Over the last 16 years, I have learned many things from my students, from how to "Hit the Qwan", to the correct way to walk in new shoes so that you don't crease them.
The lessons that make my top three list, weren't taught to me by my most successful students, and have no connection to grades or test scores.
These lessons, that were so powerful they changed who I am as a teacher, were the product of relationships.
From my student that was "worried about his reputation" I learned to look at my class list in a different way. While reading through the student responses from my favorite back to school activity, I saw the usual: grades, homework, not having recess, and then I come across a response that said, "I am worried about my reputation." This from a student that had been in his fair share of trouble in elementary school. The next day when I arrived at school he came running across the playground to wish me a good morning. I took the opportunity to let him know that I had read his paper and was confident that his reputation could be whatever he wanted to make it. He ran for student council and became a leader in my class that year. Although he had trouble completing written assignments, when given the opportunity to work on group projects he thrived. He had a great talent for speaking. He was charismatic and entertaining, capturing and holding the attention of his audience. He received high praise from me and his classmates for his energy and creativity, and he began to see himself as we saw him-someone with talent and the potential to influence others.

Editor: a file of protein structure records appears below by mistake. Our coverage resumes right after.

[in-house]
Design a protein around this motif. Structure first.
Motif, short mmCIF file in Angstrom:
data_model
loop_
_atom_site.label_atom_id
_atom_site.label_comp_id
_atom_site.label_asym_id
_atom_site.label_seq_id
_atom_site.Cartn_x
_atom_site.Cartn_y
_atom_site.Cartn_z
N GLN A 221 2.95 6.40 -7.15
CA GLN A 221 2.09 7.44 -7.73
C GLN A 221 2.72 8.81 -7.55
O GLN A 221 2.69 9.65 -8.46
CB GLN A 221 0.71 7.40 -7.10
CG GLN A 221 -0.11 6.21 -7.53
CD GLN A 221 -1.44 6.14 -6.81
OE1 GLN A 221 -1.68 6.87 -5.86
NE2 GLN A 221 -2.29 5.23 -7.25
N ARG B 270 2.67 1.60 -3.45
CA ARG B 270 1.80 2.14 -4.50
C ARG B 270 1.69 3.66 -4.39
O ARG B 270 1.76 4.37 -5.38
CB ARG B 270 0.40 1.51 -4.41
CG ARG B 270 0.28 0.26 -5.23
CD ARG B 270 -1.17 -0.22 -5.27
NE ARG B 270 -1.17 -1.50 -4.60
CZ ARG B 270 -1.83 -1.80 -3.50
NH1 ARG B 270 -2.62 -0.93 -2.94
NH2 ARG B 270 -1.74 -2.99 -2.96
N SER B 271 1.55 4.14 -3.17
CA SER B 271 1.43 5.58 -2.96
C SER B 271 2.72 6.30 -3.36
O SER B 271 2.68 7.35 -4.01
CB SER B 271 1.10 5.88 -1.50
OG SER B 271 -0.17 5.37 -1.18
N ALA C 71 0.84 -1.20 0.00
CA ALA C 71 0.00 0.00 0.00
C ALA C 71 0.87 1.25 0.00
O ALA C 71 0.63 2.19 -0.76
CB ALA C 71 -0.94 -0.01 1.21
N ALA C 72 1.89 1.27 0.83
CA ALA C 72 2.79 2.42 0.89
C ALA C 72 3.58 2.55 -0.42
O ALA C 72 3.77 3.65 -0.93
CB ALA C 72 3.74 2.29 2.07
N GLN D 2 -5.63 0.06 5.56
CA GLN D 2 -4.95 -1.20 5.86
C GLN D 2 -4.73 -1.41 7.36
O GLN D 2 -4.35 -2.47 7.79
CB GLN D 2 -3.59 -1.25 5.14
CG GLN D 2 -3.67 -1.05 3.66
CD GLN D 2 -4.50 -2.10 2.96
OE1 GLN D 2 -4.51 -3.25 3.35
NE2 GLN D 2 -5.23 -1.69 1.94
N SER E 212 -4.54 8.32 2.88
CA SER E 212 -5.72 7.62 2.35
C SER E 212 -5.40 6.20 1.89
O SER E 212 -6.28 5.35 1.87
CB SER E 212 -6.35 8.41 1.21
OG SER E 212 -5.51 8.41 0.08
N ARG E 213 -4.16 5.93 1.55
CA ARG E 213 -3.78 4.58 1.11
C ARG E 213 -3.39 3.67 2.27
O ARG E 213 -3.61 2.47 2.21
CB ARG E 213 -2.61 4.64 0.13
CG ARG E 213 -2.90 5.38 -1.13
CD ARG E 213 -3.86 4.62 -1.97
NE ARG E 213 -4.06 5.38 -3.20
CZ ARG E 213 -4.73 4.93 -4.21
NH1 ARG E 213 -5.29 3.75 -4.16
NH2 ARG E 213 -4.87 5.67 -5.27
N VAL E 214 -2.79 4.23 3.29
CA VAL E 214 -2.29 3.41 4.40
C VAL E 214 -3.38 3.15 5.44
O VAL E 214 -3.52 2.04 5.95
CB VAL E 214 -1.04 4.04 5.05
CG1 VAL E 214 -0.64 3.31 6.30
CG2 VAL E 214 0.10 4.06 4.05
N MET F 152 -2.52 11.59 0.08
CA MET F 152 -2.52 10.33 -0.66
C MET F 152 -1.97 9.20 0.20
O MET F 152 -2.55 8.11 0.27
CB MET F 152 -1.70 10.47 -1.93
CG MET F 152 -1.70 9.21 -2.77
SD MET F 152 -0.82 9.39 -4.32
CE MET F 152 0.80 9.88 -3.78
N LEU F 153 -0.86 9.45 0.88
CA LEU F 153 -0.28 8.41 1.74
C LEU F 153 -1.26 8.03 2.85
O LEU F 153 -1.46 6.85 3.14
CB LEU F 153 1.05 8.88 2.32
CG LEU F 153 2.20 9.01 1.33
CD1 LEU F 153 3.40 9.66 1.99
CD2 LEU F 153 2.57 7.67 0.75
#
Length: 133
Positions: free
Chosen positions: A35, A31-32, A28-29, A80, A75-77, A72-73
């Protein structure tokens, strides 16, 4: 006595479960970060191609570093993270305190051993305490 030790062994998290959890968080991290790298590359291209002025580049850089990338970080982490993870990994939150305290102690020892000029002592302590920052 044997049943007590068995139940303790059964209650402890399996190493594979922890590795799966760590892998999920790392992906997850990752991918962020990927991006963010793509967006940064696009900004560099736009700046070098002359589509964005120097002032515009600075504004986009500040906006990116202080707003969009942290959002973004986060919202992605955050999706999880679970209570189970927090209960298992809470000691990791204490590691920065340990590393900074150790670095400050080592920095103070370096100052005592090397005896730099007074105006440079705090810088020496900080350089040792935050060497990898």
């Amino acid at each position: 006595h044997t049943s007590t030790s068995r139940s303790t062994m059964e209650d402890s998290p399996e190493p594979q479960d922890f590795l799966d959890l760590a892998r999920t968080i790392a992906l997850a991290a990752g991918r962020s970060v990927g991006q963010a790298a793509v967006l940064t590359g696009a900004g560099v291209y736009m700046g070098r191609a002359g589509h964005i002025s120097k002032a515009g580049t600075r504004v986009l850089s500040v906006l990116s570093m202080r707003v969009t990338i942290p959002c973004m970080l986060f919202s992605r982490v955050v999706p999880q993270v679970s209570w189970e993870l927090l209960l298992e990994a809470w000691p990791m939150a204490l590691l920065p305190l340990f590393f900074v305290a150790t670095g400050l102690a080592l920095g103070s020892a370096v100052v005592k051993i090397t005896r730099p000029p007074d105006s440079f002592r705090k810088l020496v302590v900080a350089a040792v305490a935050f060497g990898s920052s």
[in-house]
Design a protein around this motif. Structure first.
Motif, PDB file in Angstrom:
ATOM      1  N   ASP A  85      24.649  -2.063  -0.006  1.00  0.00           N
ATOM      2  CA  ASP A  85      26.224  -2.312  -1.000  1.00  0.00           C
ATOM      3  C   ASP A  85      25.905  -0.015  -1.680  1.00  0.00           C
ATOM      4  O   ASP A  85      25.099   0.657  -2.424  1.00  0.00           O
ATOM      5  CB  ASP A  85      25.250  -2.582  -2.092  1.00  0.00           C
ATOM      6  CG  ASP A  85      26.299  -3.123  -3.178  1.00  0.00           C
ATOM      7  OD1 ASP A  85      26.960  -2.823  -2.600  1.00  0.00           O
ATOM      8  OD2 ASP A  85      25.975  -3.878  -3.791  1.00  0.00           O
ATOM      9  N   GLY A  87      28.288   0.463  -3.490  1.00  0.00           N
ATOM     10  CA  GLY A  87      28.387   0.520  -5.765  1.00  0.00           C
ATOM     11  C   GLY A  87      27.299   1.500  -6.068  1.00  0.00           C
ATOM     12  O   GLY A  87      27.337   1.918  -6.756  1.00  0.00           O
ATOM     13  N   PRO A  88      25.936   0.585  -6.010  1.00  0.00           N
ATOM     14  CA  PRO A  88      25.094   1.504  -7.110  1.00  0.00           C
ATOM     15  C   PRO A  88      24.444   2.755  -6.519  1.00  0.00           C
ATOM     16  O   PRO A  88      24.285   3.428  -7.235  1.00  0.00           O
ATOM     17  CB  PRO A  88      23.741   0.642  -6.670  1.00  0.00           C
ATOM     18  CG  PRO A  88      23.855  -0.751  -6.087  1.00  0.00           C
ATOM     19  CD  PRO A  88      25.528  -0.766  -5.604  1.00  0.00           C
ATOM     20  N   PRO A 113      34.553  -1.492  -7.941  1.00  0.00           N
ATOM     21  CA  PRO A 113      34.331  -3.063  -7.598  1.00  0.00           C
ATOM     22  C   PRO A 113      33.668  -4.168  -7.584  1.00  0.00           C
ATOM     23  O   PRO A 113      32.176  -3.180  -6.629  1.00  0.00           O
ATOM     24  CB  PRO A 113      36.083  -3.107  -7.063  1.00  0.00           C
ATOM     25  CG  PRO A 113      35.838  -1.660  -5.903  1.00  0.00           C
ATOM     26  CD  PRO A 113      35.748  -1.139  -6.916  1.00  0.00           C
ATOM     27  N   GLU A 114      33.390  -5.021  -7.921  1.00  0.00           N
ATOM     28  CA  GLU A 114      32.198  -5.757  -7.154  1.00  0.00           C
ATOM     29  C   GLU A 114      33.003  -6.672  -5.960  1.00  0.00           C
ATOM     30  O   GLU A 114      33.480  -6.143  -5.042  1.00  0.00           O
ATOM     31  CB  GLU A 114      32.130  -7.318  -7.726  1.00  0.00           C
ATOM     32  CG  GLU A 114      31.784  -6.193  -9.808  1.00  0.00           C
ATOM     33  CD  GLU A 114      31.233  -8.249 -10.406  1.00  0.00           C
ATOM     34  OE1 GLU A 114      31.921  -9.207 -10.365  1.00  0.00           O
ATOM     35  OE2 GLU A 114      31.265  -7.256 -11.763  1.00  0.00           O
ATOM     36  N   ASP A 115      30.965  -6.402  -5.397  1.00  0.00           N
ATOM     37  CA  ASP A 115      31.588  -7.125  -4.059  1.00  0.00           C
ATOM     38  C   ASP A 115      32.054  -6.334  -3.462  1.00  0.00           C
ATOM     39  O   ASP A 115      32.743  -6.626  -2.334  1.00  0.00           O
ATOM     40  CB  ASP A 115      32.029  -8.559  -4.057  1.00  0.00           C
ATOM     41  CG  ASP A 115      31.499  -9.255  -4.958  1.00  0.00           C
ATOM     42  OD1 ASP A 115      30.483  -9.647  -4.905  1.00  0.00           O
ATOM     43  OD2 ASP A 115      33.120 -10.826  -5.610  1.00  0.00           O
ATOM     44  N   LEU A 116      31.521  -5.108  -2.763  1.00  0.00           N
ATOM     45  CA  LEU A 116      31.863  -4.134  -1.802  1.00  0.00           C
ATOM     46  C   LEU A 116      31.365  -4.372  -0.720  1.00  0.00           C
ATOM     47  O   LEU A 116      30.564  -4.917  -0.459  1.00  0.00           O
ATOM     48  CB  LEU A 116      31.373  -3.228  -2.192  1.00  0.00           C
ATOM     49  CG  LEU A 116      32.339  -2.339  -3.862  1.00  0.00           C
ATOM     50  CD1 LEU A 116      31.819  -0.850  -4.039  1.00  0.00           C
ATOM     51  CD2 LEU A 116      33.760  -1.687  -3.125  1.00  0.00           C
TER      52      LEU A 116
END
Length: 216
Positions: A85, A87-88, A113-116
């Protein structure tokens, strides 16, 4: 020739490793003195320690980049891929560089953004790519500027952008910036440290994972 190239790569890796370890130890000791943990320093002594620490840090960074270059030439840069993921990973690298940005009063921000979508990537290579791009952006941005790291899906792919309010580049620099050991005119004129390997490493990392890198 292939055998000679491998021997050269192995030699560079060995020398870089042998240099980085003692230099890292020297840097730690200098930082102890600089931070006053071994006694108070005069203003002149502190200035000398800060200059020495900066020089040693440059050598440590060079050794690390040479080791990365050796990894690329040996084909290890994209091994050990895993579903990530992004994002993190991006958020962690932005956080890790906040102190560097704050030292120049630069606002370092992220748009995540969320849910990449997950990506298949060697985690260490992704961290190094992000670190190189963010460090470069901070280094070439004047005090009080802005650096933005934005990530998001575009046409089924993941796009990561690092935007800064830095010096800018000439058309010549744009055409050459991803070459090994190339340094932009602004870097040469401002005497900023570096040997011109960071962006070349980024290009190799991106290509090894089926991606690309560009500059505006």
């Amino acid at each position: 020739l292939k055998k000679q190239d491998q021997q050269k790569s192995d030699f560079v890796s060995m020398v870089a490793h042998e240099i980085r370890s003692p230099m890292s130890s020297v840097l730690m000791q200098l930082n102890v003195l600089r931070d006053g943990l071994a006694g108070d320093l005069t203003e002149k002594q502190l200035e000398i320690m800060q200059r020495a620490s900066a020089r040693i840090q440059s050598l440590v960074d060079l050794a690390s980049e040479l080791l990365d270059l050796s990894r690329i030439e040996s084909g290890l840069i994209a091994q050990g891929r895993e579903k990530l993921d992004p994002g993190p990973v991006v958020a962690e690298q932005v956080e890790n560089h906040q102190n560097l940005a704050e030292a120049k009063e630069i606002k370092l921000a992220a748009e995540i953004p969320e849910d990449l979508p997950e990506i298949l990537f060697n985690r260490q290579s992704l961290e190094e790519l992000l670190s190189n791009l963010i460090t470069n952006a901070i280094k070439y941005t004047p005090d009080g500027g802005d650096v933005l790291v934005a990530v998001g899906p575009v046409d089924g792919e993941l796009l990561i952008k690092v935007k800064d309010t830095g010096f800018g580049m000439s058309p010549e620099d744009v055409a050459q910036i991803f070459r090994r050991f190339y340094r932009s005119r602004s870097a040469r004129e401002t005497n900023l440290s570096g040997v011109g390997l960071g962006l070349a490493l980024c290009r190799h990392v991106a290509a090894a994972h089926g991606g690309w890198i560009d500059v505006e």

I am no longer interested in deciding who my students are going to be based on their history or misconduct. I am interested in discovering which of my students most needs someone to believe in him or her. Which of these students needs someone to see the amazing things that they are capable of, so that they will see it too? Which of these students would like to remake their reputation?
From my student that was late for class more often than he was on time I learned the importance of the statement: "I'm glad you're here." During this lesson I found out that my young friend was getting himself up and ready for school before riding his bike three miles, over a bridge during a busy morning commute just to show up. I look at my students a little differently now because you never know what kind of challenges your kids are facing outside of the classroom. It's because of this student that I am driven to make every day in our classroom worth whatever it took to get there.
In short, don't assume opportunity exists, don't underestimate the impact of kindness and compassion, and most of all, be mindful of your influence-it's powerful and lasting.
Photo shout-outs to the non-student people in my life that support, encourage, and motivate me to be better than I was yesterday. I am honored to be part of your team and to be representing Carquinez Middle School as the California League of Schools teacher of the year for our region.